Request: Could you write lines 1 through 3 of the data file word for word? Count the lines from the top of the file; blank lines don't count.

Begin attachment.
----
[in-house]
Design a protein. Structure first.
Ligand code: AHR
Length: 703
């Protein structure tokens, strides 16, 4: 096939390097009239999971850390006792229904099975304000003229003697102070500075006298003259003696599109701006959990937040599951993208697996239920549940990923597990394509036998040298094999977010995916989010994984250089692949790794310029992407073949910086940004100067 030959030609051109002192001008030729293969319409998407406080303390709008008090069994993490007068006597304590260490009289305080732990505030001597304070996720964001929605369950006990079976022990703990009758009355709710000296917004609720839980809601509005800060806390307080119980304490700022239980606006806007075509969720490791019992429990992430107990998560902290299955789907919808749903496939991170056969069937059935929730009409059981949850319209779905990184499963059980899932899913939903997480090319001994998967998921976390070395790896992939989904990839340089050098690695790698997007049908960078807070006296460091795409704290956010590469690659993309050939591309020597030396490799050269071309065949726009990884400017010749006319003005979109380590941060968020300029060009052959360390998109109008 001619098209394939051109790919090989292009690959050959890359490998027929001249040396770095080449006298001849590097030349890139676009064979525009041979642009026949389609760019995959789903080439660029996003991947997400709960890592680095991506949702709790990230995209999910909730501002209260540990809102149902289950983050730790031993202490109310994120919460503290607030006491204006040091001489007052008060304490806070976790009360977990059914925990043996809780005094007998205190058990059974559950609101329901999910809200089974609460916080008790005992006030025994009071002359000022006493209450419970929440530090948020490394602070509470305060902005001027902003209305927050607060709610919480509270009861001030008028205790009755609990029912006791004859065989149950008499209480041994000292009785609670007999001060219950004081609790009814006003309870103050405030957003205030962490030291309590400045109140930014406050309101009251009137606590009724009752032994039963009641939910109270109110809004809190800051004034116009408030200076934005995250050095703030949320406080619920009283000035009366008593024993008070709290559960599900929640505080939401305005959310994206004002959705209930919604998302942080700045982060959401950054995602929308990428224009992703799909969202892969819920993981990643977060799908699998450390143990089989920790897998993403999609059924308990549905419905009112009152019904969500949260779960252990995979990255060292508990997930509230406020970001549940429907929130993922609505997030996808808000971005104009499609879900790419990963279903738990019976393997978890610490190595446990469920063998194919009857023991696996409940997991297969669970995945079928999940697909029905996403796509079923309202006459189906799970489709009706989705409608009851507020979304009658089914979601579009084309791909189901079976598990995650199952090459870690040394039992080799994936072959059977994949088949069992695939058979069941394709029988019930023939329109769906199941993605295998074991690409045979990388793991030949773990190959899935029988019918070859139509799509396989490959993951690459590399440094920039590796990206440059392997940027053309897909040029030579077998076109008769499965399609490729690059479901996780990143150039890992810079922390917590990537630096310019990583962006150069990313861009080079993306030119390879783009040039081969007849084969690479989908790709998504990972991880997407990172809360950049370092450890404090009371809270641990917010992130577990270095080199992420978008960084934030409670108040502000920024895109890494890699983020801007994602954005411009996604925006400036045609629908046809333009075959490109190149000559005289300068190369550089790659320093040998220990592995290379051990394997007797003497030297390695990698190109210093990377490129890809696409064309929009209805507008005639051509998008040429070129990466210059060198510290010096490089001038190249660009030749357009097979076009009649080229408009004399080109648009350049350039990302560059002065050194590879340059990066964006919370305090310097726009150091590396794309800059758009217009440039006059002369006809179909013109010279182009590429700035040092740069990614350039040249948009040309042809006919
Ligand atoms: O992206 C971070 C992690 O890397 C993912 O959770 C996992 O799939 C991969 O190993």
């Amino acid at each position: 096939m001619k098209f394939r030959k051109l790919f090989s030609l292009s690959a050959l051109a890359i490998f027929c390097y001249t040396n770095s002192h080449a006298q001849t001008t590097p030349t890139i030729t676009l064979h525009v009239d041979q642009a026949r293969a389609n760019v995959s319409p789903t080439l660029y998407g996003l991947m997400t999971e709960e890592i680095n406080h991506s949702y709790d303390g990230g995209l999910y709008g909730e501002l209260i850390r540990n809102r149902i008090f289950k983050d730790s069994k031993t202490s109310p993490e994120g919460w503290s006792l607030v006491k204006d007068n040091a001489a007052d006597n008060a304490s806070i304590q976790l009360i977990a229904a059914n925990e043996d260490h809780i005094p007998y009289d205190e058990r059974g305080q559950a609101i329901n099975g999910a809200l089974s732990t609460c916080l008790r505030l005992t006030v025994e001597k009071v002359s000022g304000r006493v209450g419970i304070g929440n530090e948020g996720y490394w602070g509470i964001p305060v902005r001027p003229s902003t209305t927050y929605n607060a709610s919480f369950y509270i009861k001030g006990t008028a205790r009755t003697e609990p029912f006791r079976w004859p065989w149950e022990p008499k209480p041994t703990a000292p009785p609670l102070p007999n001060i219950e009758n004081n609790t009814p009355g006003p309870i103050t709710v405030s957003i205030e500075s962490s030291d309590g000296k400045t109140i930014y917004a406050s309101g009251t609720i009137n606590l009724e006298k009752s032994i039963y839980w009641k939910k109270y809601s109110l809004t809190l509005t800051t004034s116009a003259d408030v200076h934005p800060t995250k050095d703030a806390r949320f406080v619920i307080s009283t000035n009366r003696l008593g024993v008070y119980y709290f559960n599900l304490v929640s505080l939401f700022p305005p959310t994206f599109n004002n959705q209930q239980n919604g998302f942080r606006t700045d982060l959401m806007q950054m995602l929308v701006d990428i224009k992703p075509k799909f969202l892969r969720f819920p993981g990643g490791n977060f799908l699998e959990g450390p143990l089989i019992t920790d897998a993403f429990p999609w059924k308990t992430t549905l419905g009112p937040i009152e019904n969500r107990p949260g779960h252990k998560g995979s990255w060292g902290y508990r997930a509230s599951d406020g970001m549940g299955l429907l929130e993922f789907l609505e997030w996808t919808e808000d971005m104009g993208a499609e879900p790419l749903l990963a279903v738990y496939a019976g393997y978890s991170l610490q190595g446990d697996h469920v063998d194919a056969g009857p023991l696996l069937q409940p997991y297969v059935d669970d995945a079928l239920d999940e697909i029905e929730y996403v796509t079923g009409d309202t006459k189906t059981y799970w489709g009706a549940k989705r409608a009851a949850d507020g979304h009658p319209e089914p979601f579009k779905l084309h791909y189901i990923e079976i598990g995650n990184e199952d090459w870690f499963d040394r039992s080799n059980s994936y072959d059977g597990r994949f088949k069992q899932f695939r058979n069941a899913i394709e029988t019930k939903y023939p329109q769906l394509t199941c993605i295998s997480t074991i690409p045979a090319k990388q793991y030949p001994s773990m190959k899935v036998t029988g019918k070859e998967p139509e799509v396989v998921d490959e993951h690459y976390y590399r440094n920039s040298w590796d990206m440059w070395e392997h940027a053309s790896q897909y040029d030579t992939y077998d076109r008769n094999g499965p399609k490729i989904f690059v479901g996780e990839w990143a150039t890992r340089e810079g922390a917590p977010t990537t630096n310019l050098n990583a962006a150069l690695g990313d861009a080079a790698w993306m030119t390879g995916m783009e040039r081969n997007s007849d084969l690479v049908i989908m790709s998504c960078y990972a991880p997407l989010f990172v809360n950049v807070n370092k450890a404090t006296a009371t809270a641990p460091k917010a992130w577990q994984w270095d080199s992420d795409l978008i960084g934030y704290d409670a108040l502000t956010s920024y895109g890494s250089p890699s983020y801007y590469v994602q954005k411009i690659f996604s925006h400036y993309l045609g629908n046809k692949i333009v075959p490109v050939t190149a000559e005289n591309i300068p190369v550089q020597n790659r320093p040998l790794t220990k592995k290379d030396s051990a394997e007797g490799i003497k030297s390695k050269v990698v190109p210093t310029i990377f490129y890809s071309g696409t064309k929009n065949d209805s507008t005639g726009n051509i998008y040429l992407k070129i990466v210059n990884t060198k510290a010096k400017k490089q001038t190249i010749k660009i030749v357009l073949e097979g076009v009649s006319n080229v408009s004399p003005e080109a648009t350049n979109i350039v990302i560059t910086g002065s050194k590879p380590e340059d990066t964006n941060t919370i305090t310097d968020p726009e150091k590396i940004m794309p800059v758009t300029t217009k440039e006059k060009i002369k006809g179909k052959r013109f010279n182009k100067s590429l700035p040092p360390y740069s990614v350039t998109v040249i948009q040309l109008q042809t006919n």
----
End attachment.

[in-house]
Design a protein. Structure first.
Ligand code: AHR